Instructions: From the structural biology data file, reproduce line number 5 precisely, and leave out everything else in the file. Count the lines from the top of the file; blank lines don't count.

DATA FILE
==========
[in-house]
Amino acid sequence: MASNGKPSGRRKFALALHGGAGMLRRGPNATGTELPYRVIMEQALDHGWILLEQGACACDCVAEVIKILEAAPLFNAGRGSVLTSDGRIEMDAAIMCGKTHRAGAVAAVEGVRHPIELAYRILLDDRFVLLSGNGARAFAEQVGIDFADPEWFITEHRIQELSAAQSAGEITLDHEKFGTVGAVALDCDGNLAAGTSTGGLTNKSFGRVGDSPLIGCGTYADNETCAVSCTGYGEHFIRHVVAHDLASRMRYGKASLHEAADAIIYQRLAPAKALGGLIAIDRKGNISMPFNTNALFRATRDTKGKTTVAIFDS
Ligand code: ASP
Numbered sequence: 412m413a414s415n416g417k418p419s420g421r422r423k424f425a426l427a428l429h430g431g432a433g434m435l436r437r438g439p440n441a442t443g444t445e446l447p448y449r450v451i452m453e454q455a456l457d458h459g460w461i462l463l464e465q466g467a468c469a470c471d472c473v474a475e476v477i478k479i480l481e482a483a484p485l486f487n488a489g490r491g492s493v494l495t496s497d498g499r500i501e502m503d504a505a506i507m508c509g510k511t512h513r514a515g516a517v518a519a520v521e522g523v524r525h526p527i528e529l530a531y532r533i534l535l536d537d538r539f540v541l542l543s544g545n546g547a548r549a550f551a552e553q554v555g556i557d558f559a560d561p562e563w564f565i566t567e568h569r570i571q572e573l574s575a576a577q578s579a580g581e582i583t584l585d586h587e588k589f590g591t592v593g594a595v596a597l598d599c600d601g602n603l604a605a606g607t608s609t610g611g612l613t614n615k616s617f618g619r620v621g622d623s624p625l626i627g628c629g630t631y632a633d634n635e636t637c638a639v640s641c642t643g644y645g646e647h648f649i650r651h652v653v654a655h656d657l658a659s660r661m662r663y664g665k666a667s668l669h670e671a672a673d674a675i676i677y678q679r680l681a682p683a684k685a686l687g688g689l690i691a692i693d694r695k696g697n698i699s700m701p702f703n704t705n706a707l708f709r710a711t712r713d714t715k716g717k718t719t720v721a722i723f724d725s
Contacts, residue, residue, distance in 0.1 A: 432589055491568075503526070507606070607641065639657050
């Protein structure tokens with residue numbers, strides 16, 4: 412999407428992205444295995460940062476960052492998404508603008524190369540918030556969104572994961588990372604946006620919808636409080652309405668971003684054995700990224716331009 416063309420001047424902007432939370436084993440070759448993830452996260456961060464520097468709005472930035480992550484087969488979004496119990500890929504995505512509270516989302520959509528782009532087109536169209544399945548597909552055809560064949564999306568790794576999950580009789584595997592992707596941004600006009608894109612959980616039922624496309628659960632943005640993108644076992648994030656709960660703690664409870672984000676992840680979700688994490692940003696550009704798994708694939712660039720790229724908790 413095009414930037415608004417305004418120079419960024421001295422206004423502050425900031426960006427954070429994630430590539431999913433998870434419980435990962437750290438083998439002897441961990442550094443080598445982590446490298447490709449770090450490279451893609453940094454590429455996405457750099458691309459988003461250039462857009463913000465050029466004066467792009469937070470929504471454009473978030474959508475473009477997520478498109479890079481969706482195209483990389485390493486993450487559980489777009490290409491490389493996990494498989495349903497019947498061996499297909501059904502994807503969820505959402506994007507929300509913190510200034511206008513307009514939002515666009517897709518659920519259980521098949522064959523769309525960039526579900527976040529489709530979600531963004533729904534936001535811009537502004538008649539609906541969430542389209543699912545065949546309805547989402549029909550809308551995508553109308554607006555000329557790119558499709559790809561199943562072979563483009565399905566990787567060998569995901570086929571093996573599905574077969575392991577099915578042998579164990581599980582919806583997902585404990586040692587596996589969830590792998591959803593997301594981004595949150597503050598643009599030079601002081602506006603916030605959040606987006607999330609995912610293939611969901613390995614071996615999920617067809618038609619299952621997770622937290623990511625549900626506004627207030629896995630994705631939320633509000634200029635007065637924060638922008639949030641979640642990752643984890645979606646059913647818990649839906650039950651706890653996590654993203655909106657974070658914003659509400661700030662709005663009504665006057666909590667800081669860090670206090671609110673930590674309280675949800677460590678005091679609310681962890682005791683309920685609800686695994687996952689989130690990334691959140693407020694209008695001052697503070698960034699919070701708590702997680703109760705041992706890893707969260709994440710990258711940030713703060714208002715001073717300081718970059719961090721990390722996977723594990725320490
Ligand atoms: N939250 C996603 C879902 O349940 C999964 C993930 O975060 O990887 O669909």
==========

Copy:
Contacts, residue, residue, distance in 0.1 A: 432589055491568075503526070507606070607641065639657050